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Josiah Bunting Papers

Identifier: DC038
The Josiah Bunting Papers consist of correspondence, reports, speeches, published writings, newspaper clippings, memoranda, and notes collected primarily during his tenure as Head Master of The Lawrenceville School. The bulk of the documents pertain to The Lawrenceville School business. Topics of note include academics among secondary schools, drug and alcohol use among students, school sports, the transfer to coeducation, long range planning, campus construction projects, and fund raising. Also included is a small amount material created during the tenure of Head Master Bruce McClellan that had been interfiled with the Bunting material.


  • 1969 - 2009
  • Majority of material found within 1987 - 1995


Conditions Governing Access

Series 1: Correspondence and Series 4: Subject Files personal information on students and are closed. Series 2: Reports and Series 3: Speeches and Remarks are open for research use.

Conditions Governing Use

Single photocopies and digital photographs may be made for research purposes. Permission to publish materials from the collection must be requested from the Archivist. Researchers are responsible for determining any other copyright questions.


4 Linear Feet (4 boxes)

Biographical / Historical

Josiah Bunting III was born in 1939 in Philadelphia, and later moved to Litchfield, Connecticut. He was educated at the Hill School in Pennsylvania and at the Salisbury School in Connecticut. After high school he enlisted in the United Stated Marine Corps. Bunting served in Vietnam during the height of the war, and was honored with the Bronze Star, the Army Commendation Medal, and the Vietnam Honor Medal second class. Following his return from Vietnam, he entered Virginia Military Institute, where he majored in English. Bunting graduated third in his class in 1963 with a degree in English. He received a Rhodes Scholarship, and traveled to England to pursue a master’s degree in history from Oxford.

In 1965 Bunting married Diana Cunningham of Lima, Peru. Diana holds a degree in Art History from Hollins College. She is an artist in her own right, as well as an avid rider. Diana accompanied Si when he accepted his first teaching post at West Point in 1969. Here he taught history and social sciences. From West Point Bunting moved on in 1972 to the US Naval War College, where he taught, and also served as acting head of the strategy department. The following year Bunting Presided over Briarcliff College. He would remain at the college, which had long been failing to thrive, until it merged with Pace University in 1977. Following the collapse of Briarcliff, Bunting accepted an adjunct professorship at Hampton-Sydney, a men’s college in Virginia. He remained there until 1987, when he was selected to replace the retiring Bruce McClellan as headmaster of the Lawrenceville School. At Lawrenceville Bunting presided over the transition to coeducation, which had begun in the last years of Bruce McClellan’s headmastership. Along with the logistical challenges of welcoming female students to campus, Bunting partnered with the board of trustees to launch an aggressive fundraising campaign to benefit increased scholarship funding and much-needed construction projects. During the Bunting administration, the aging John Dixon Library was converted to an art gallery, and the new Bunn Library was opened. The Clark Music building was finished, and the Kirby Science building was constructed. The largest construction project of Bunting’s tenure was the faculty housing on Campus Hill. This massive project promoted Lawrenceville’s historic residential ideal by allowing all faculty members to live on campus.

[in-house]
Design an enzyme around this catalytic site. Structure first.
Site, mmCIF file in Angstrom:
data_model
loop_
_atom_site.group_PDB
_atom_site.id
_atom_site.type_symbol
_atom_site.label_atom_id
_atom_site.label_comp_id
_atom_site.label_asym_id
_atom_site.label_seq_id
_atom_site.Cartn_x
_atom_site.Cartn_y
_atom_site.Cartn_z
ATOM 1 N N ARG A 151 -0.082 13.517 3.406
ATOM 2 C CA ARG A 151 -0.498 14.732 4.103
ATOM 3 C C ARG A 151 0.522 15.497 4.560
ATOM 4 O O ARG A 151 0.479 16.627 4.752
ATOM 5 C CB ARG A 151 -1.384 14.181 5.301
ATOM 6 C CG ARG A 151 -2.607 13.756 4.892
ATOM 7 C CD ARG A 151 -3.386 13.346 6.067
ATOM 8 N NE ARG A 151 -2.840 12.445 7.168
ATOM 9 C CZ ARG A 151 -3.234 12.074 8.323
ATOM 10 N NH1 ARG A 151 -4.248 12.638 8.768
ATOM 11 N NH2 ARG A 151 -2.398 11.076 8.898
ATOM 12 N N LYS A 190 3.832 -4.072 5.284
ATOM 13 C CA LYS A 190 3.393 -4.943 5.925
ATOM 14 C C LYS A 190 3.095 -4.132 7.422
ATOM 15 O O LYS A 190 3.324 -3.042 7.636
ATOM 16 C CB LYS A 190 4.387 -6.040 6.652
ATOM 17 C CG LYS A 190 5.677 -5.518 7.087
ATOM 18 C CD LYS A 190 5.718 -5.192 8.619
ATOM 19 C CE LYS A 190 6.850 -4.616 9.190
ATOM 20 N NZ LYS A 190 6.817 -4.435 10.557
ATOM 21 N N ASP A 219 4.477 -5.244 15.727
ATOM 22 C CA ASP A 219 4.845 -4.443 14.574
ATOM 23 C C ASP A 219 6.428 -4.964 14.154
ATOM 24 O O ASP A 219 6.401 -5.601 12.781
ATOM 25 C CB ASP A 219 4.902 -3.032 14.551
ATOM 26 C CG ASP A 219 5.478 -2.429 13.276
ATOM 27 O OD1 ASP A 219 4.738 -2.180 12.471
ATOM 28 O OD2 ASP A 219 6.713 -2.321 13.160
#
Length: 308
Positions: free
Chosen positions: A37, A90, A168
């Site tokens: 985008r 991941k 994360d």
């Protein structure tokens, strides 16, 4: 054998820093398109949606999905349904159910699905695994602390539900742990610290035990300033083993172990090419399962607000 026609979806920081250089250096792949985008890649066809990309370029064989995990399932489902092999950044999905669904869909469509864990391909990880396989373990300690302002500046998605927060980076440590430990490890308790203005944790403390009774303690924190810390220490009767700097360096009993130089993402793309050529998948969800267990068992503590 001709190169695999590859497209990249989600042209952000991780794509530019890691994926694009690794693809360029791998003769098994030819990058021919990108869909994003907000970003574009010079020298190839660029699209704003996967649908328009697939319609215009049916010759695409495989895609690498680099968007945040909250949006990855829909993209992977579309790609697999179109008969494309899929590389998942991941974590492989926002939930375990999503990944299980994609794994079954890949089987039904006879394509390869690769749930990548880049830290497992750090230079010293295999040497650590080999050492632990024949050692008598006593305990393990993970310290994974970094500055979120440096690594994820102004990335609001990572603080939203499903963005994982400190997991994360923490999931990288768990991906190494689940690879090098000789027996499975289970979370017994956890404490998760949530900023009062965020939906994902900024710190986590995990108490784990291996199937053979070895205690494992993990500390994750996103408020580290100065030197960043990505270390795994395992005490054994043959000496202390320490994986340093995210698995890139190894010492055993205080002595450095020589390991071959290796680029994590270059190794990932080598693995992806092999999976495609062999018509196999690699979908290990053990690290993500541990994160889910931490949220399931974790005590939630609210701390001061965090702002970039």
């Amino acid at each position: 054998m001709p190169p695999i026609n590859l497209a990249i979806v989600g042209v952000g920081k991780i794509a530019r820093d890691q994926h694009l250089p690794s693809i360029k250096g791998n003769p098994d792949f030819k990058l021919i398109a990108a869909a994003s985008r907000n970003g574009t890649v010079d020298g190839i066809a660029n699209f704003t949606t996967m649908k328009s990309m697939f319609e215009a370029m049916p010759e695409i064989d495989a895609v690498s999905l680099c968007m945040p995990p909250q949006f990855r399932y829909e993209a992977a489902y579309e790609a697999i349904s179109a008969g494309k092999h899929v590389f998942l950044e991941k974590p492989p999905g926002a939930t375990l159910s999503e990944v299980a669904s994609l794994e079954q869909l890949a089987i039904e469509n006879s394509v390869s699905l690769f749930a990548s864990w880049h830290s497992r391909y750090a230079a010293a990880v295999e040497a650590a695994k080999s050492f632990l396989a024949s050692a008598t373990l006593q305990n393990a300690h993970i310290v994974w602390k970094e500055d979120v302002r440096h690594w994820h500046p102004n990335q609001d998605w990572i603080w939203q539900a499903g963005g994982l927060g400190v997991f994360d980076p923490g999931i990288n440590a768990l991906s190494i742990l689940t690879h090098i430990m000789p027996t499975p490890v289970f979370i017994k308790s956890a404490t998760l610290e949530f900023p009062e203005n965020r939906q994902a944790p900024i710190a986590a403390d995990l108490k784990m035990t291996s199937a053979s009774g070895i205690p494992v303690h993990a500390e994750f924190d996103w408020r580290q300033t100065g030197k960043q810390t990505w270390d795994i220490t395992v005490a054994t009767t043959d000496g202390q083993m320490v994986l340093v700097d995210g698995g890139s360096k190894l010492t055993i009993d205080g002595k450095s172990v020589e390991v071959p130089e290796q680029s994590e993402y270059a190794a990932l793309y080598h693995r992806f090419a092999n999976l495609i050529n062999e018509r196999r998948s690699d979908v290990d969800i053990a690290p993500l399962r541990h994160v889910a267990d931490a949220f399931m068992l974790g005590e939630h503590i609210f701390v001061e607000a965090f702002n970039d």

Bunting was a strong believer in community-mindedness as an important value in the education of students. During his time as headmaster he was a staunch supporter of student groups and student government, and encouraged his pupils to participate as much as possible in civic affairs. His was also a strong believer in the importance and value of military service and encouraged students to consider this path more than many previous headmasters.

In 1995 Bunting accepted the position of Superintendent at his alma mater, the Virginia Military Institute. At VMI he oversaw the transition to coeducation much as he had at Lawrenceville. In 2004 Bunting left VMI, and was appointed chairman of the National Civil Literacy Board of the Intercollegiate Studies Institute, and in 2007 he was elected president of the Lehrman American Studies Center. Also a member of UNESCO and the National Endowment for the Humanities, Josiah Bunting is now the president of the Harry Frank Guggenheim Foundation.


The Josiah Bunting Papers are arranged into four series: Series 1: Correspondence, 1979-1996; Series 2: Reports, 1969-1995; Series 3: Speeches and Remarks, 1987-1994; Series 4: Subject Files, 1972-2009.

Immediate Source of Acquisition

This collection consists of a series of transfers from the Bunting family and the Head Master's Office.


Appraisal has been conducted in accordance with The Lawrenceville School Stephan Archives guidelines.

Information in the biographical note was gathered from material within the Bunting papers. The Lawrenceville Lexicon: A Compendium of All Things Lawrenceville, Merrell Noden, editor, was also consulted.

Processing Information

The Josiah Bunting Papers were processed by Casey Babcock in June of 2012. The biographical note was written by Zoe Vybiral.
Josiah Bunting Papers: Finding Aid
Casey Babcock and Zoe Vybiral
August 23, 2012
Description rules
Language of description

Repository Details

Part of the The Lawrenceville School Stephan Archives Repository

Box 6128
2500 Main St.
Lawrenceville 08648 U.S.A. US